protecting women facing human rights abuses will give two
presentations on campus on Thursday, April 4.
Layli Miller, director of the
Tahirih Justice Center in Falls Church, Va., will discuss
"Do They Hear You When You Cry: Women's Struggle for Rights"
at 12:30 p.m. in the West Room of Murray-Dodge Hall. She
will focus on "Achieving the Equality of Women and Men:
Transforming Rhetoric into Reality through Law and
Transformation" at 4:30 p.m. in Multipurpose Room B of the
Frist Campus Center.
Miller is a lawyer who assisted in
the high-profile case involving Fauziya Kassindja, a young
woman from Togo who was seeking refuge in the United States
from the tribal practice of female genital mutilation. The
asylum that the U.S. government eventually granted Kassindja
set legal precedent. The case is chronicled in a book by
Miller and Kassindja titled "Do They Hear You When You
Lunch will be served during the
first presentation; those planning to attend are asked to
reserve a place by calling 986-7416. Both lectures are free
and open to the public.
The events are sponsored by the
Bahá'í Club, Undergraduate Student Government,
Woodrow Wilson School, Center for Community Service, Office
of Religious Life, Women's Center, Organization of Women
Leaders, Program in the Study of Women and Gender,
International Center and Third World Center.
Declaration of Independence is topic of April 5-6
Public officials, notable scholars and interested
citizens will gather on campus Friday and Saturday, April
5-6, to reflect upon and debate the significance of the
ideals of the Declaration of Independence as they relate to
the challenges facing America today.
The conference will run from 11:30
a.m. to 7 p.m. Friday and from 9 a.m. to 7 p.m. Saturday in
Dodds Auditorium, Robertson Hall.
Steve Forbes, 1970 Princeton
graduate and president and chief executive officer of Forbes
Inc., will give a plenary address on "Why Investors -- and
Everyone -- Need Madisonian Restraint in Economic Policies"
at 6 p.m. Friday. Pulitzer Prize-winning syndicated
columnist Charles Krauthammer will deliver a plenary address
at 6 p.m. Saturday.
The conference will feature five
panel discussions on issues such as "Equality in the 21st
Century," "Rights of the Individual" and "Religion and the
Concept of Divinely Endowed Rights." Distinguished scholars
from across the United States will participate in the
panels, including: Pauline Maier, the William Kenan Jr.
Professor of American History at the Massachusetts Institute
of Technology; John DiIulio Jr., the Frederic Fox Leadership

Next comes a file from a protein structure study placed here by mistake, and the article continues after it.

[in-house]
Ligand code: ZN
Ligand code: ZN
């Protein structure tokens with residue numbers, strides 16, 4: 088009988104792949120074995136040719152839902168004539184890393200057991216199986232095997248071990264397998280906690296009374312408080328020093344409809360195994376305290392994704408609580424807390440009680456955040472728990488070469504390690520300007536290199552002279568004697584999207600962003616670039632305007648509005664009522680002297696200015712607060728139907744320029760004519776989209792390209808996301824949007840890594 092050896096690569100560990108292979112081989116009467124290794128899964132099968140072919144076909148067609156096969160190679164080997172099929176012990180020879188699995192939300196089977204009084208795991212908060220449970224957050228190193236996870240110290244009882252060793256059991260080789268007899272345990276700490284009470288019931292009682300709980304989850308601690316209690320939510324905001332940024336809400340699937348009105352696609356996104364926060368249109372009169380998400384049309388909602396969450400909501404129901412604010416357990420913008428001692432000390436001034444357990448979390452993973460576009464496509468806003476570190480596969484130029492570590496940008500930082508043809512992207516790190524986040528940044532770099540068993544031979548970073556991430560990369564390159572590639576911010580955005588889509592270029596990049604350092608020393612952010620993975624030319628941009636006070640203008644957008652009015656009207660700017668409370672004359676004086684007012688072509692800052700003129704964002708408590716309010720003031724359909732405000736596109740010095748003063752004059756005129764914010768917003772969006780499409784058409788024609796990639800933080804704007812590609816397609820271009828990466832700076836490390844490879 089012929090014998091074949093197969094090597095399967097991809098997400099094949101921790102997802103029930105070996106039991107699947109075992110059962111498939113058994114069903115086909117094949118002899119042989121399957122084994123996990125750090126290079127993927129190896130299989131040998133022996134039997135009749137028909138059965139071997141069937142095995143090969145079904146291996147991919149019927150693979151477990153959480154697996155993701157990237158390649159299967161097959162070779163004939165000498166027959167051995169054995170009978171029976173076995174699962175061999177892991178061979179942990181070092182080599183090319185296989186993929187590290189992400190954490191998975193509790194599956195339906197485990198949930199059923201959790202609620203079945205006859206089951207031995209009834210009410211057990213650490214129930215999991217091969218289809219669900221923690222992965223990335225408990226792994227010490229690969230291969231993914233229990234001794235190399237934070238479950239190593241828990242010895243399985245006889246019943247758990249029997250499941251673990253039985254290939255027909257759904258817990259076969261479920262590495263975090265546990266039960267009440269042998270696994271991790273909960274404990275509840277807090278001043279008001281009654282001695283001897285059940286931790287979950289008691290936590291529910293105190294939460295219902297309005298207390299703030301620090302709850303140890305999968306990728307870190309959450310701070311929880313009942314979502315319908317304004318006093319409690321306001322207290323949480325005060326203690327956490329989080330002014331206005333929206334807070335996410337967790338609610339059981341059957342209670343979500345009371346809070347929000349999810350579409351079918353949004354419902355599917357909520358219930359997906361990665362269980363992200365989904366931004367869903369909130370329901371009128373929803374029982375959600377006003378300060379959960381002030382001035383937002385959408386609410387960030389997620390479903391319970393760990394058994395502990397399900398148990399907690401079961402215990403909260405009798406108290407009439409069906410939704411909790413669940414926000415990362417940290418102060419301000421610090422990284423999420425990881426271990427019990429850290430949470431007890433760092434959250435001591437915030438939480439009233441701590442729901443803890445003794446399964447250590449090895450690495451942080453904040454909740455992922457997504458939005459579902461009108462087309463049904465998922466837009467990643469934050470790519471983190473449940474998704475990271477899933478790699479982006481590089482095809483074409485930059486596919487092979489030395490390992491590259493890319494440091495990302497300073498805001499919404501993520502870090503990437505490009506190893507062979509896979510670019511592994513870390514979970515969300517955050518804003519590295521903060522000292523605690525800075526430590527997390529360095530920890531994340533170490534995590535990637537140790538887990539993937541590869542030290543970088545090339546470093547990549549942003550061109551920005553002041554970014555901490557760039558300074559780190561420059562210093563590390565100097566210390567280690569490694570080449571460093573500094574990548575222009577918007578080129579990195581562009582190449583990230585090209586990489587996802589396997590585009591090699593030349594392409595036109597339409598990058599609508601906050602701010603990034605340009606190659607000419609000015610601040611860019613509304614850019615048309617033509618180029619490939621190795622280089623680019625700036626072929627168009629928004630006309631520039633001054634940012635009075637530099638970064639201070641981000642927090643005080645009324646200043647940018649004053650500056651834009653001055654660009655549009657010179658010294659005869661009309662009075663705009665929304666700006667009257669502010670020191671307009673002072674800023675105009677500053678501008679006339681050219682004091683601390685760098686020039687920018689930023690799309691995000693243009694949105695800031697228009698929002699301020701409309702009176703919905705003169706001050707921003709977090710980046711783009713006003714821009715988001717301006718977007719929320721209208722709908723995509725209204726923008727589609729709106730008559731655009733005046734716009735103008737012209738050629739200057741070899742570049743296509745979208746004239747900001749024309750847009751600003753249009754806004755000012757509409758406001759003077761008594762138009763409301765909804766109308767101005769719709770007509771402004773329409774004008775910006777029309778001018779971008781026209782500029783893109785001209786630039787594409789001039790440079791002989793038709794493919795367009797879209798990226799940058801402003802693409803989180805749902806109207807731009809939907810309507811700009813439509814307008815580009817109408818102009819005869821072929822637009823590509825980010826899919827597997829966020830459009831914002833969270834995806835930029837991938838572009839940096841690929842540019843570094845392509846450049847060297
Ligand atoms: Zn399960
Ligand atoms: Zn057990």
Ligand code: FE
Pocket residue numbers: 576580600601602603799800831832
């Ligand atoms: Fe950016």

Professor of Politics, Religion and Civil Society at the
University of Pennsylvania; and Amitai Etzioni, a University
Professor at George Washington University.
The conference is sponsored by the
James Madison Program in American Ideals and Institutions
and the D&D Foundation. For more information, including
a schedule of events, visit the Madison program Web site at
or call Seana Sugrue at 258-6333.
Prints, Drawings and Illustrated Books by European
The arrest, trial, torture, death and resurrection of
Christ is examined in an exhibition titled "In the Mirror of
Christ's Passion: Prints, Drawings and Illustrated Books by
European Masters" on view through June 9 at the
University Art Museum. The exhibit features 56 prints,
drawings and illustrated books from the museum and the
Department of Rare Books at Firestone Library, including
"Christ Carrying the Cross" (above), a 15th-century
engraving by German artist Martin Schongauer. The exhibition
was organized by Todor Todorov, a Ph.D. candidate in the
Department of Art and Archaeology.
April 1, 2002
Vol. 91, No. 21
Ruby Lee draws on
experience in industry and academia to rethink computer
flourishes as mentoring program for local girls
winner hopes to 'cross-pollinate' with her
supplies Goldberg with project fodder
scholarships for study in England
bacterial 'touch sensor' could lead to biofilm
hydrologist wins the 'Nobel Prize of
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Editor: Ruth Stevens
Calendar editor: Carolyn Geller
Staff writers: Jennifer Greenstein Altmann, Steven Schultz
Contributing writers: Marilyn Marks, Evelyn Tu
Photographer: Denise Applewhite
Design: Mahlon Lovett, Laurel Masten Cantor
Web edition: Mahlon Lovett